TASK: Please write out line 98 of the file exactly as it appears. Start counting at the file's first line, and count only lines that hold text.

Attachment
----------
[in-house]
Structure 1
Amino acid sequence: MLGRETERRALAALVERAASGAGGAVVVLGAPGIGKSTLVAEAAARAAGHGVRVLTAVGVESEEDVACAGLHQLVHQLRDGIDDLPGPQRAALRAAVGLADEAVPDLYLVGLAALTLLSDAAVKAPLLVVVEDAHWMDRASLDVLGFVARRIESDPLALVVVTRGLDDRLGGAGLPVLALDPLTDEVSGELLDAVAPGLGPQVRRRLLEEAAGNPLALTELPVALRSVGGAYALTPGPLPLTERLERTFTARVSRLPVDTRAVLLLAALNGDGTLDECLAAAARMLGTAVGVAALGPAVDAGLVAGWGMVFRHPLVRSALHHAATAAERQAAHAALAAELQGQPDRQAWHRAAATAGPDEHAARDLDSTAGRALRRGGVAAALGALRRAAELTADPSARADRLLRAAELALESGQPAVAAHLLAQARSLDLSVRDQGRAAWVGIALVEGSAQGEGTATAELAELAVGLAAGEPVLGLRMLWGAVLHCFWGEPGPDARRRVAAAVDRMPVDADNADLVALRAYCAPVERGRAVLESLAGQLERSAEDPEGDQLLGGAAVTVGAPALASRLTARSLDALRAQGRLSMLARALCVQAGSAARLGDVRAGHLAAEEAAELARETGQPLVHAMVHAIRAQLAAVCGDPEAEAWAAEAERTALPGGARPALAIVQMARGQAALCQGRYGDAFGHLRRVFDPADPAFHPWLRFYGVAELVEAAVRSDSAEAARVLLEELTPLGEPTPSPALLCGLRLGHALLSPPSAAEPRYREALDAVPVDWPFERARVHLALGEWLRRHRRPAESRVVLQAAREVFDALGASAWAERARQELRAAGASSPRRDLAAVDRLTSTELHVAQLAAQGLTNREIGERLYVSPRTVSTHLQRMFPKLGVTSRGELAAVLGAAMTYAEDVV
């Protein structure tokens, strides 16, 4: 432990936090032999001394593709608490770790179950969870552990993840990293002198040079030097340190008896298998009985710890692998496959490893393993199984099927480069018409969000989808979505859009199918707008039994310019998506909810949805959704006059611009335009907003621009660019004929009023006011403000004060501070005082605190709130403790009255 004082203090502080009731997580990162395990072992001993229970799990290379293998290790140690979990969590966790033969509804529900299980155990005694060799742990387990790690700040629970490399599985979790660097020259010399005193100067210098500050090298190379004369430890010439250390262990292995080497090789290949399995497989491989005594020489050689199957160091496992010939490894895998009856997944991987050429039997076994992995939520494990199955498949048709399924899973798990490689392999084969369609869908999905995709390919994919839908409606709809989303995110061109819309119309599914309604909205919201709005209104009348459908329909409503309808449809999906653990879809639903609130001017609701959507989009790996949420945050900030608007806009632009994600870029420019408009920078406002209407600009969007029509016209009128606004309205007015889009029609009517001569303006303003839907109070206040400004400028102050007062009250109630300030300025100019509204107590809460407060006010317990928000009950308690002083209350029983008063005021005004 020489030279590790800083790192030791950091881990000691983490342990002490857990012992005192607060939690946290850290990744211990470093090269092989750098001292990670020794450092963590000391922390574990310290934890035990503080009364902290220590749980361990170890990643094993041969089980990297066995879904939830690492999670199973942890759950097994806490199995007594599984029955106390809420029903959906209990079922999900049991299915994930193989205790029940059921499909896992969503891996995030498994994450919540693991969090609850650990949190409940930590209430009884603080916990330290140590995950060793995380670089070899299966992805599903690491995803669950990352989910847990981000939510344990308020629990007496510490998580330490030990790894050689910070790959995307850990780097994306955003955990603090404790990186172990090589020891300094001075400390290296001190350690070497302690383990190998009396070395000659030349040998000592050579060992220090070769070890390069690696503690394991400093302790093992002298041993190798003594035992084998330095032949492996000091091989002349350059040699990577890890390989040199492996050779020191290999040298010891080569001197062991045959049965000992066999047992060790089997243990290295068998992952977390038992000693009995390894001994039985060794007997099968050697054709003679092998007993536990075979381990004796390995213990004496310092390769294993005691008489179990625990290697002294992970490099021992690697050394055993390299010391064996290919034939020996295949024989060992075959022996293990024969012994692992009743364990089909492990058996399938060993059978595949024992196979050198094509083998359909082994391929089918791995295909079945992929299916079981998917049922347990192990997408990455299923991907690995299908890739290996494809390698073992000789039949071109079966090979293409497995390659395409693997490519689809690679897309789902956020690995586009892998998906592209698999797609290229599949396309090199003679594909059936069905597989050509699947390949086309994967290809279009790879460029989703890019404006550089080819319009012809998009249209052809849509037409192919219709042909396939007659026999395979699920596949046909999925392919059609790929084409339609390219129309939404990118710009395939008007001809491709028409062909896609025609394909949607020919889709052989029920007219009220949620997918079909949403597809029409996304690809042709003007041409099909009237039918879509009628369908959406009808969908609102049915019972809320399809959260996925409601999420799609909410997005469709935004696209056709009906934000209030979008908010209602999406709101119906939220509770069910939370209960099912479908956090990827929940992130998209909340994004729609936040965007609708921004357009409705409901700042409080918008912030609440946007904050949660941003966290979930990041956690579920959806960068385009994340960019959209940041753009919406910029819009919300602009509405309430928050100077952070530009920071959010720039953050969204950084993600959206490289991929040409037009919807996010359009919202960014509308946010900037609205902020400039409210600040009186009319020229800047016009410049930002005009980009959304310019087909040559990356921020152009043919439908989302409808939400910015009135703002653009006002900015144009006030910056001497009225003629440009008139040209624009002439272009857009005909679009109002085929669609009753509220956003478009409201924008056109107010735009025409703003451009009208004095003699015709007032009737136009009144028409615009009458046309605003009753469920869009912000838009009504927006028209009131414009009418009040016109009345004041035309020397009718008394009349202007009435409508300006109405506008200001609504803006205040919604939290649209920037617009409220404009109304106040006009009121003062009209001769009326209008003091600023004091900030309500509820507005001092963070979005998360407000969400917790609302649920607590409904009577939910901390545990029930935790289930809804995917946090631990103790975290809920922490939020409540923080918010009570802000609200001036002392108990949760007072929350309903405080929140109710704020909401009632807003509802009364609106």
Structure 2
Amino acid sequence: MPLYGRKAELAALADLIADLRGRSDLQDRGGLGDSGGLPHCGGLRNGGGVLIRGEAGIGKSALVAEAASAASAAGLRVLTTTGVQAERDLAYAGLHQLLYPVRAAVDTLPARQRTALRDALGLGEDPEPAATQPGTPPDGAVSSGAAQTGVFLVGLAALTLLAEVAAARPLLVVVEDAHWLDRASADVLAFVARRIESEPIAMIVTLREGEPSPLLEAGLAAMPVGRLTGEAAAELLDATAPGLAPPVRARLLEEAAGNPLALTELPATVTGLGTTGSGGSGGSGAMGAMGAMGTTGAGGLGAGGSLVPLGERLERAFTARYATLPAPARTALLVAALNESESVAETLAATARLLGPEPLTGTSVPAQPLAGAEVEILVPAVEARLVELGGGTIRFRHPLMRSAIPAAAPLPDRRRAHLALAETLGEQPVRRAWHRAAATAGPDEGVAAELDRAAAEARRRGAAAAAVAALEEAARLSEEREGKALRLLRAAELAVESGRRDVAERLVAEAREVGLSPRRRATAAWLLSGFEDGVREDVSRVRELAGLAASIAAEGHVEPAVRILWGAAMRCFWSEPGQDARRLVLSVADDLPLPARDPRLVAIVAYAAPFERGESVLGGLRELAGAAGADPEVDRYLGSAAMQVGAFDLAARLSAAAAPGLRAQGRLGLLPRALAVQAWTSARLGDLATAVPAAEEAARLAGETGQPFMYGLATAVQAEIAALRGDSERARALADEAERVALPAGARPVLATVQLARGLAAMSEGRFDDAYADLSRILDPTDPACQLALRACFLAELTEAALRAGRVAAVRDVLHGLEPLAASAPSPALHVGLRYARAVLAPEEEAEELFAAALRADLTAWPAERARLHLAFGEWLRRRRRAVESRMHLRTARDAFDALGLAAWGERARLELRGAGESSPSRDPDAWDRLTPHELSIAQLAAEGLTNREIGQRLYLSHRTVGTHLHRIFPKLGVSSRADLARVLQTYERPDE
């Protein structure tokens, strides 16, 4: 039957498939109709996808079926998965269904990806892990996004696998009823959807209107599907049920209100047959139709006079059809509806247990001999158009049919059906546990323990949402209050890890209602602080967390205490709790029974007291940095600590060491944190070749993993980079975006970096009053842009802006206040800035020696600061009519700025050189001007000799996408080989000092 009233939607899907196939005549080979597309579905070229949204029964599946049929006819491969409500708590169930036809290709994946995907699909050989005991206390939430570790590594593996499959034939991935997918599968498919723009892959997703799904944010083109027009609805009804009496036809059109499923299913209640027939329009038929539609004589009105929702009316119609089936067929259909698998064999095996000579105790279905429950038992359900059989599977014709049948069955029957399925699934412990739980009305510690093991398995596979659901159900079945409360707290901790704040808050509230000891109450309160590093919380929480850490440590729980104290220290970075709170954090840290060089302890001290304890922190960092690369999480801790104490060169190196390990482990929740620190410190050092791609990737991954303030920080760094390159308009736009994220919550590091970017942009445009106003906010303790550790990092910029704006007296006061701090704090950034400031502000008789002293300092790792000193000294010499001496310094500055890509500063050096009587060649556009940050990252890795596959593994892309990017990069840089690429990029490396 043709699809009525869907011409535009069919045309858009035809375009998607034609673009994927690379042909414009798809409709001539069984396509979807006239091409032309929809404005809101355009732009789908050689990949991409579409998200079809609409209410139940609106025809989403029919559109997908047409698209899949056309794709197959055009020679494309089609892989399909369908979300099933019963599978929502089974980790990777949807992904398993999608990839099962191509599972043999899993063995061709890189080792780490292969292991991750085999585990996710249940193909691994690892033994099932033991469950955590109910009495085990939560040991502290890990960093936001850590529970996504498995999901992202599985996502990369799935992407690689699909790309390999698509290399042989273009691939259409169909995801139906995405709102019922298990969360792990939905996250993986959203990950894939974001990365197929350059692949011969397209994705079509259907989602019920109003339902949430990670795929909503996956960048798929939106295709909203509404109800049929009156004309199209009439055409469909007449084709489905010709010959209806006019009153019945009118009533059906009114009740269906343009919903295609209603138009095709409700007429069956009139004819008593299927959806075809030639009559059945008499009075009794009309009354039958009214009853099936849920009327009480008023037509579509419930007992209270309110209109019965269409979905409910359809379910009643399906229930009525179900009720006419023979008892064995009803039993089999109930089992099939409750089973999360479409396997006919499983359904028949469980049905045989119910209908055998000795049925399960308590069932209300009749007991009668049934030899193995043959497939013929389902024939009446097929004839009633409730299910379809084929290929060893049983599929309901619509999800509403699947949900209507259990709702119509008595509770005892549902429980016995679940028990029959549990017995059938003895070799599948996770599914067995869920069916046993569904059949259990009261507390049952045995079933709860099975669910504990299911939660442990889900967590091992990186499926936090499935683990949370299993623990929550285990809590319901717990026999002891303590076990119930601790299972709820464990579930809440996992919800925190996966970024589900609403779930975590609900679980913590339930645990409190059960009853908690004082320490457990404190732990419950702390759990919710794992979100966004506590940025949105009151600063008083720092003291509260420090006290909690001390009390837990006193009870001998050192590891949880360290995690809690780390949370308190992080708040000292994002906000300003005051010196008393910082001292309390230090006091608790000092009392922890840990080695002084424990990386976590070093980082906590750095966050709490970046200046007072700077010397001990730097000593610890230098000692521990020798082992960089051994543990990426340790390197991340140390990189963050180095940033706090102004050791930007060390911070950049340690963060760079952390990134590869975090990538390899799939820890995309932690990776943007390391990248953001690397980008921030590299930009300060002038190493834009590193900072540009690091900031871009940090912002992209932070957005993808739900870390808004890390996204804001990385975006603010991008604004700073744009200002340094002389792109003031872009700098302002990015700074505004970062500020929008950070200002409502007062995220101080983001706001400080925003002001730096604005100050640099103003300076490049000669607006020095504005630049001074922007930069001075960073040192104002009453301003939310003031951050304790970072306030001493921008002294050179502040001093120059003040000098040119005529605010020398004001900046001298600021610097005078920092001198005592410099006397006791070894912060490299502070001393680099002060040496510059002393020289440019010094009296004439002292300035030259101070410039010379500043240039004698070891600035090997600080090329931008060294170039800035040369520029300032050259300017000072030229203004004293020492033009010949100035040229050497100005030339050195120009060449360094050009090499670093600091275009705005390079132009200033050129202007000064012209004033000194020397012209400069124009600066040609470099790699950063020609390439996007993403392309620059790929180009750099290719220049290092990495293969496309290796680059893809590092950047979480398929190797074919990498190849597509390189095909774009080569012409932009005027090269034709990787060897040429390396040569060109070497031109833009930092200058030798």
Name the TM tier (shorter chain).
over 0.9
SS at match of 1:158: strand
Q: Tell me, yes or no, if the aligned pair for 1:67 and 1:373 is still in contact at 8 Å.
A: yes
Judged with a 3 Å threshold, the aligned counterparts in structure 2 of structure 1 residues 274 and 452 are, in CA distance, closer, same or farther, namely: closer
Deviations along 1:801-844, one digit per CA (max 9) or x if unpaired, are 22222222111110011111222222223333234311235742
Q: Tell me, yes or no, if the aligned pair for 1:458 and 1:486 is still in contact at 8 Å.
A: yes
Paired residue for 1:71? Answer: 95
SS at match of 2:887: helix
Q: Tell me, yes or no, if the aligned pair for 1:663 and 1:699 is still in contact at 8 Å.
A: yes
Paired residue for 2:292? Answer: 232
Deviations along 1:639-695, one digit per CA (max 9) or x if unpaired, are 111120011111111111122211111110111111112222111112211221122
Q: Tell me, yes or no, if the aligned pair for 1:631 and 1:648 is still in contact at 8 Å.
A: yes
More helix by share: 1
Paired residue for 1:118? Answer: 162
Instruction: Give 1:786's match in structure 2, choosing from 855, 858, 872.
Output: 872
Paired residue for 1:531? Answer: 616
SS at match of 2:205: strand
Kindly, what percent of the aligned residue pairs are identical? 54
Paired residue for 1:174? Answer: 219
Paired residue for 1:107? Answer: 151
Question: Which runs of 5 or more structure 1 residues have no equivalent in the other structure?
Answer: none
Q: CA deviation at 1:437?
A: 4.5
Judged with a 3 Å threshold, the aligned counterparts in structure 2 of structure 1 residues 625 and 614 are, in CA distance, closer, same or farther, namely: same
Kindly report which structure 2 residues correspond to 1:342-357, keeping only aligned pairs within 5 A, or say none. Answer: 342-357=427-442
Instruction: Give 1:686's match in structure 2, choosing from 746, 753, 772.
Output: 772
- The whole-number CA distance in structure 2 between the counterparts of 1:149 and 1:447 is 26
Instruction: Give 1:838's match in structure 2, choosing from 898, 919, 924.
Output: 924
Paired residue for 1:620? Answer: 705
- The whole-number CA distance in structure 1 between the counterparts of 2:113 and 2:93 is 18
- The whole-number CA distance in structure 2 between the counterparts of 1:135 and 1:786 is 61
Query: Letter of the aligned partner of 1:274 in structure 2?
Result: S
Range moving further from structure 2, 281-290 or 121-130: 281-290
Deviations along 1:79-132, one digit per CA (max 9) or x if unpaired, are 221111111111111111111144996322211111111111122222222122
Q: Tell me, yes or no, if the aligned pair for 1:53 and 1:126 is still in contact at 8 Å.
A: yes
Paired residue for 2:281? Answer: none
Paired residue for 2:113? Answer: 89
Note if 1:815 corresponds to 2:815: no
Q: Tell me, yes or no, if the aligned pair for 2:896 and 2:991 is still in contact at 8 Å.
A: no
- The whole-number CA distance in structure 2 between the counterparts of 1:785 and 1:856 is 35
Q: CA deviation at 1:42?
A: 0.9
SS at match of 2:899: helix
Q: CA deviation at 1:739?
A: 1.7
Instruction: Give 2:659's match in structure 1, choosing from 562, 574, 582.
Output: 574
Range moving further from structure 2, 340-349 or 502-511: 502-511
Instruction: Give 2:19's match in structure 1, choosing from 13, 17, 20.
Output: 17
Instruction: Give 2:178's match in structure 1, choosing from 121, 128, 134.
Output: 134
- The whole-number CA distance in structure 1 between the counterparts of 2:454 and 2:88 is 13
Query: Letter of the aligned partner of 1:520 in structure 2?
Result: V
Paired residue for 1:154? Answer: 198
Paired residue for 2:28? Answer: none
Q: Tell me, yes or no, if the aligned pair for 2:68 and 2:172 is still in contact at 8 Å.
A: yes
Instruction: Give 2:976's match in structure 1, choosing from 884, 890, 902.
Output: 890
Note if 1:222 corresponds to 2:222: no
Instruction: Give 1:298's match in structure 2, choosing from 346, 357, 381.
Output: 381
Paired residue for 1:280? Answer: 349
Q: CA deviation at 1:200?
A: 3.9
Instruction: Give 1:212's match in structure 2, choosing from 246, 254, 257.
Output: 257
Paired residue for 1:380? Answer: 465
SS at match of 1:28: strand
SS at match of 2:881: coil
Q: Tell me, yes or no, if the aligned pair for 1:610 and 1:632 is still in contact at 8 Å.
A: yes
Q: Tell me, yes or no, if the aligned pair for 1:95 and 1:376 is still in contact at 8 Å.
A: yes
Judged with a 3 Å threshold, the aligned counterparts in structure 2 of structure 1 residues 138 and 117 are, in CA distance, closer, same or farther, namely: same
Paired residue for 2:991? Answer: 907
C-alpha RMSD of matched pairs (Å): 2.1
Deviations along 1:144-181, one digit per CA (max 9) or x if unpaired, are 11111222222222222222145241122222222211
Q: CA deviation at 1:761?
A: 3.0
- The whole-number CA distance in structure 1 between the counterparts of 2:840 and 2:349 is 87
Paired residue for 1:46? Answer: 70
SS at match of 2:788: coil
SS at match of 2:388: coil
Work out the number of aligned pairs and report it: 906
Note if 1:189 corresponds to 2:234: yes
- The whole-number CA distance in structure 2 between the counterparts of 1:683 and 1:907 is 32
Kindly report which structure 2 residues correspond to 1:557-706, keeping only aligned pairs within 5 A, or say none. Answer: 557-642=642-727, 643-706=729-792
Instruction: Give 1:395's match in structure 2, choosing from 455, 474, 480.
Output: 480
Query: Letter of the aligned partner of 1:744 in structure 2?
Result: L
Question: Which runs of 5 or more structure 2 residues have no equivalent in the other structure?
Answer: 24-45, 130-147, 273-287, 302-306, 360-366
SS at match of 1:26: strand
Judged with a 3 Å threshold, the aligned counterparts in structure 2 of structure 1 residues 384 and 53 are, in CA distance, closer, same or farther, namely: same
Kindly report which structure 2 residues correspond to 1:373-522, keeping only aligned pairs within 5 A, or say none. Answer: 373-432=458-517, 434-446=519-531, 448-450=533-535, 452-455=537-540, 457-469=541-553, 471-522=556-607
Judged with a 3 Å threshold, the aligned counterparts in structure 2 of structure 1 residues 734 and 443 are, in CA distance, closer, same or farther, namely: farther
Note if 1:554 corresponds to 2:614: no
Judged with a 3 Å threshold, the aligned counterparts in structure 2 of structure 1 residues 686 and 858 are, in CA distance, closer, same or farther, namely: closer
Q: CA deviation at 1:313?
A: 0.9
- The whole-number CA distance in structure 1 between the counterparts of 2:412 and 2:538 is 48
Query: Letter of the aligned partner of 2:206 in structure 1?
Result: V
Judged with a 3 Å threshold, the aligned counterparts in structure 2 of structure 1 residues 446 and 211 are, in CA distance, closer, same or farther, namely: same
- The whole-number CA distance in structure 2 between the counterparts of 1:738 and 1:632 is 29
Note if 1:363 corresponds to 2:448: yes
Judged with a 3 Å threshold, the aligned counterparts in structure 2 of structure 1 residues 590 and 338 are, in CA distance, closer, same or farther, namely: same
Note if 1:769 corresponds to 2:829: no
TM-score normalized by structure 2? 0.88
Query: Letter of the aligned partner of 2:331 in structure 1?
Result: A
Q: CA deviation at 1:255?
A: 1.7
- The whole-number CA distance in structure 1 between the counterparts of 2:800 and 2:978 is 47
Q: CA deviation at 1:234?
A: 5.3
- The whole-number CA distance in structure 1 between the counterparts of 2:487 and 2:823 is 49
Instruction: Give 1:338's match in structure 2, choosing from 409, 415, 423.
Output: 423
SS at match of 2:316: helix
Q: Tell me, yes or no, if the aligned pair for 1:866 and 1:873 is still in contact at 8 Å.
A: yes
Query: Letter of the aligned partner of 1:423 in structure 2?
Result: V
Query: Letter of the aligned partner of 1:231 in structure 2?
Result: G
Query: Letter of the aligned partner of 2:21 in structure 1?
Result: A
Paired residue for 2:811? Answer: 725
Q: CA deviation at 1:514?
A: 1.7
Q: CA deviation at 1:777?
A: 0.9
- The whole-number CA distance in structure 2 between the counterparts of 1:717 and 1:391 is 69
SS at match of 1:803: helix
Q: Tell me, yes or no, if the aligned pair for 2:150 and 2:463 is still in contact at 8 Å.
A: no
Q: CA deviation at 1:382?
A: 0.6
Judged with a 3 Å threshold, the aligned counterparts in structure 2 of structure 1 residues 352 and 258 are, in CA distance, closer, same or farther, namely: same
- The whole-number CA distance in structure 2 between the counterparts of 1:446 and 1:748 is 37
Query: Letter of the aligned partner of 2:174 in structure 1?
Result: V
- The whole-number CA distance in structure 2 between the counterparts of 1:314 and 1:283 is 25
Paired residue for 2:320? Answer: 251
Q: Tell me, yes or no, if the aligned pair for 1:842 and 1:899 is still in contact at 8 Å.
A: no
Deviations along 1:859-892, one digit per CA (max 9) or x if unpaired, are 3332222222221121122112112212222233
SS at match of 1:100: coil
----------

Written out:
C-alpha RMSD of matched pairs (Å): 2.1